As a result, when a politician utters a barely outdated cliché, or the slightest impolitic word, we no longer hear it as a faux pas or mere insensitivity. Instead it becomes the latest menacing incarnation of the evil we oppose. Micro-aggression is no longer “micro” at all, but the very real appearance of Patriarchy, or Anti-clericalism, or whatever evil you most fear. If your ideological hearing aids are tuned correctly, a gaffe becomes a threat, returning you to witch-trial-era Salem or the Vendée before the massacre.
Worse, this kind of hypermoralized politics has some serious implications for how we look at governance and power. As C.S. Lewis once wrote, “Of all tyrannies a tyranny sincerely exercised for the good of its victims may be the most oppressive.” In other words, if we are simply doing good in the world, and our enemies evil, then there’s no limit to the power we ought to acquire. What a charming fantasy that can be.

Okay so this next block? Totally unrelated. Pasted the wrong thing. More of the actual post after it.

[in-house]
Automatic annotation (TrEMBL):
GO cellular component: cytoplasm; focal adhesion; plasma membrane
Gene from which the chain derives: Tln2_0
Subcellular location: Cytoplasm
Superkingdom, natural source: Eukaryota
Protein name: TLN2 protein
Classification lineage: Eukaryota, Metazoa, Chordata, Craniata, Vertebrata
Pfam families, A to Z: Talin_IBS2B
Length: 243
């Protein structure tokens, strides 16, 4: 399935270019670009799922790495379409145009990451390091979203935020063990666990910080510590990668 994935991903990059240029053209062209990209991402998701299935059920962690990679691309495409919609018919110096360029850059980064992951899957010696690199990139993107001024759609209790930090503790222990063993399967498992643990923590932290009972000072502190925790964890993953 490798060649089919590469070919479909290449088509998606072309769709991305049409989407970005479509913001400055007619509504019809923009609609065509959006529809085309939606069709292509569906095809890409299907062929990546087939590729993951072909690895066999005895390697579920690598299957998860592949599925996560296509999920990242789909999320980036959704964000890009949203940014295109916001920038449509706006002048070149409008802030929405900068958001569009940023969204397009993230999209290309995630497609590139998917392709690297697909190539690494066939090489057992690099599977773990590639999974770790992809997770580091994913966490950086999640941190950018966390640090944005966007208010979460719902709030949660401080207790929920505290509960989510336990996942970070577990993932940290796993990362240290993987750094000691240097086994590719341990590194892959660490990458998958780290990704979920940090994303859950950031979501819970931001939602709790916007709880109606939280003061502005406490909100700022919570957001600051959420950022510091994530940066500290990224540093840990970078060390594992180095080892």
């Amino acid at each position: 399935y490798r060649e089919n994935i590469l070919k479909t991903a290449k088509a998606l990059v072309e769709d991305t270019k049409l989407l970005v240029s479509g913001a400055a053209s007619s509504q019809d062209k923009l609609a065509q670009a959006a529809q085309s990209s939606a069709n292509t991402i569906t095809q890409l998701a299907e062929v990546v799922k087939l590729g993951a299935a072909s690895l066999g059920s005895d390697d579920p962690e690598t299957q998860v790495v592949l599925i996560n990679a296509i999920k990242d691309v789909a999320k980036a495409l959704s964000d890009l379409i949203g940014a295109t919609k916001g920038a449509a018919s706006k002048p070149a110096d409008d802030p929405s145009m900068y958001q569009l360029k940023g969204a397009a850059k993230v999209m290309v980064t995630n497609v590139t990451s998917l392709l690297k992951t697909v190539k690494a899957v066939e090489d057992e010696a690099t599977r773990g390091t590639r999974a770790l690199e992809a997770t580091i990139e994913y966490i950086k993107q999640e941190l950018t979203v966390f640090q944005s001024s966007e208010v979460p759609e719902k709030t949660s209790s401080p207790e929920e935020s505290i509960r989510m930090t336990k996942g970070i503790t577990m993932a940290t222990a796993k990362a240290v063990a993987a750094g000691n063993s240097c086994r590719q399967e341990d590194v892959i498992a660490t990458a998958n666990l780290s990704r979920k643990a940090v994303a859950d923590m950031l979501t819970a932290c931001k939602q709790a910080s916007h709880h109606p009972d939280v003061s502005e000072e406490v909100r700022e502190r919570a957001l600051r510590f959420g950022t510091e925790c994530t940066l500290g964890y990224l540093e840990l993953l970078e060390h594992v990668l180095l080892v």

Holiday is right to be concerned that our capacity for real outrage is dulled by the sort of “outrage” that we perform, or fake, or convince ourselves to feel in our self-regard. But we should consider the possibility that fake-outrage is popular precisely because it is an indulgence that requires so little from us. Fake outrage allows us to hide within the mob, to feel righteous without doing much of anything, to suffer like martyrs from words not spoken to us. If we subtracted all the outrage porn tomorrow, most of us would continue to do what we already are doing about the Syrian refugee crisis, or faraway famine, or unjust war: nothing.